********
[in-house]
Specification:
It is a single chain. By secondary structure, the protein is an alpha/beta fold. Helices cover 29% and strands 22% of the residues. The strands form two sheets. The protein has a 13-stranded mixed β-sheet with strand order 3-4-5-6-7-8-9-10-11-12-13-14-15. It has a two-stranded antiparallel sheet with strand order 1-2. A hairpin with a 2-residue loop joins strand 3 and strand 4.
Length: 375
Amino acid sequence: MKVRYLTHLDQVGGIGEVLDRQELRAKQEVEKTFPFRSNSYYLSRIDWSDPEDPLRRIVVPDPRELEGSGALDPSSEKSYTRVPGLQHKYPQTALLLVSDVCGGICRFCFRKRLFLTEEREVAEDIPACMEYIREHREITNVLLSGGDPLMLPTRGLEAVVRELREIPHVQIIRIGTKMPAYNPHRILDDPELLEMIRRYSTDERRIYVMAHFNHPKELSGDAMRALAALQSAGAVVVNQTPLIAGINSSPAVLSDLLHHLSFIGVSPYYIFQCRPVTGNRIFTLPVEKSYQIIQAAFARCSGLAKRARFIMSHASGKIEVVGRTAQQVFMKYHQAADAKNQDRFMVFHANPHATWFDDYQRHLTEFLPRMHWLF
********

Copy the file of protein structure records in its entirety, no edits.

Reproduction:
[in-house]
Specification:
It is a single chain. By secondary structure, the protein is an alpha/beta fold. Helices cover 29% and strands 22% of the residues. The strands form two sheets. The protein has a 13-stranded mixed β-sheet with strand order 3-4-5-6-7-8-9-10-11-12-13-14-15. It has a two-stranded antiparallel sheet with strand order 1-2. A hairpin with a 2-residue loop joins strand 3 and strand 4.
Length: 375
Amino acid sequence: MKVRYLTHLDQVGGIGEVLDRQELRAKQEVEKTFPFRSNSYYLSRIDWSDPEDPLRRIVVPDPRELEGSGALDPSSEKSYTRVPGLQHKYPQTALLLVSDVCGGICRFCFRKRLFLTEEREVAEDIPACMEYIREHREITNVLLSGGDPLMLPTRGLEAVVRELREIPHVQIIRIGTKMPAYNPHRILDDPELLEMIRRYSTDERRIYVMAHFNHPKELSGDAMRALAALQSAGAVVVNQTPLIAGINSSPAVLSDLLHHLSFIGVSPYYIFQCRPVTGNRIFTLPVEKSYQIIQAAFARCSGLAKRARFIMSHASGKIEVVGRTAQQVFMKYHQAADAKNQDRFMVFHANPHATWFDDYQRHLTEFLPRMHWLF